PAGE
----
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Reasonably arguable position: What is the standard?


Under s 284-75(2) of Sch 1 to the Taxation Administration Act 1953 (Cth), a taxpayer is liable to an administrative penalty if, in a statement to the Commissioner, the taxpayer has treated an income tax law as applying to a matter in a particular way that was not “reasonably arguable”. The expression “reasonably arguable” formerly appeared in s 226K of the Income Tax Assessment Act 1936 (Cth). In a 2003 case, Walstern v FCT, Hill J expounded a number of propositions about the correct approach to penalty under the former s 226. Those principles have been applied in a number of decisions of the Full Court of the Federal Court without reservation until recently.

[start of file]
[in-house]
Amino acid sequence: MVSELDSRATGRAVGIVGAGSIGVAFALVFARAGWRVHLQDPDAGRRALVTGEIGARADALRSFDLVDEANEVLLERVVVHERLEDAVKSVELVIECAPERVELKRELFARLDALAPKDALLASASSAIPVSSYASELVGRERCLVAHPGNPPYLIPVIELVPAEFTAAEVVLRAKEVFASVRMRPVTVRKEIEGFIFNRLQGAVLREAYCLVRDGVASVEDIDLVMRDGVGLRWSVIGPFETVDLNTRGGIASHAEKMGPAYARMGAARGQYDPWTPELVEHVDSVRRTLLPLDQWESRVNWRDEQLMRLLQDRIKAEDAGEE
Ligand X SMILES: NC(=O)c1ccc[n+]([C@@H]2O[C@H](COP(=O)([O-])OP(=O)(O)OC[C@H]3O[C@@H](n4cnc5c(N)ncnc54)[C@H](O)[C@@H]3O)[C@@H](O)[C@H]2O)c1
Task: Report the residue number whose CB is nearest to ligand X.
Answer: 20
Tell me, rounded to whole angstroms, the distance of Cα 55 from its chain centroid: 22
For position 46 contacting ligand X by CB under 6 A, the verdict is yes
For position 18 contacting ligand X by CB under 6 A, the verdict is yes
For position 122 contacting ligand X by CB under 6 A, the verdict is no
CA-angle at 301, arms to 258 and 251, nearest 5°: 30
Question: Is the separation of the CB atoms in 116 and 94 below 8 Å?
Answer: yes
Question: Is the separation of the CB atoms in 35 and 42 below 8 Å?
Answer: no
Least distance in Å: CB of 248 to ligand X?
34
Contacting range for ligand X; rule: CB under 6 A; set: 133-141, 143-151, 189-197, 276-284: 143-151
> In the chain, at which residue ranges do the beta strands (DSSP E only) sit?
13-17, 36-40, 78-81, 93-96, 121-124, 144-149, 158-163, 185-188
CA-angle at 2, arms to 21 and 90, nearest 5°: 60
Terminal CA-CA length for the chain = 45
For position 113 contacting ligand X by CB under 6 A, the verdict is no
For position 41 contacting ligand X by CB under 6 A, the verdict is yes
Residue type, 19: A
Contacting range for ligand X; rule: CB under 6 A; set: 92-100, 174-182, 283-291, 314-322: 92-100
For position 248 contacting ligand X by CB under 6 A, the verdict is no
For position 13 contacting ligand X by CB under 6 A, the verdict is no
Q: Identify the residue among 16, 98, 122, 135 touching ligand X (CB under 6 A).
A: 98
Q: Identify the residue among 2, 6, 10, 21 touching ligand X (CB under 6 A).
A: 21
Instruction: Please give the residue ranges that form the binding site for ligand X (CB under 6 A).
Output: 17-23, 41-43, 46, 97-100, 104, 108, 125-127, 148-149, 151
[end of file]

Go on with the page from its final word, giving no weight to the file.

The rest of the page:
This article considers whether and, if so, to what extent, the observations in those cases have modified the Hill J formulation and introduced a lower standard as the test for what constitutes a reasonably arguable position.

Author profile:

Christopher Branson
Chris was admitted as Solicitor NSW September 1967 and admitted as Barrister NSW in August 1975. He was then appointed Queen’s Counsel and QC in all states and territories. Chris has practised as an advocate in NSW, ACT, WA and NT since 1975 and is currently the Deputy Chairman of the Law Council of Australia Taxation Subcommittee and is a Member of the Board of Taxation Advisory Panel. Current at 01 February 2012 Click here to expand/collapse more articles by Chris C BRANSON.
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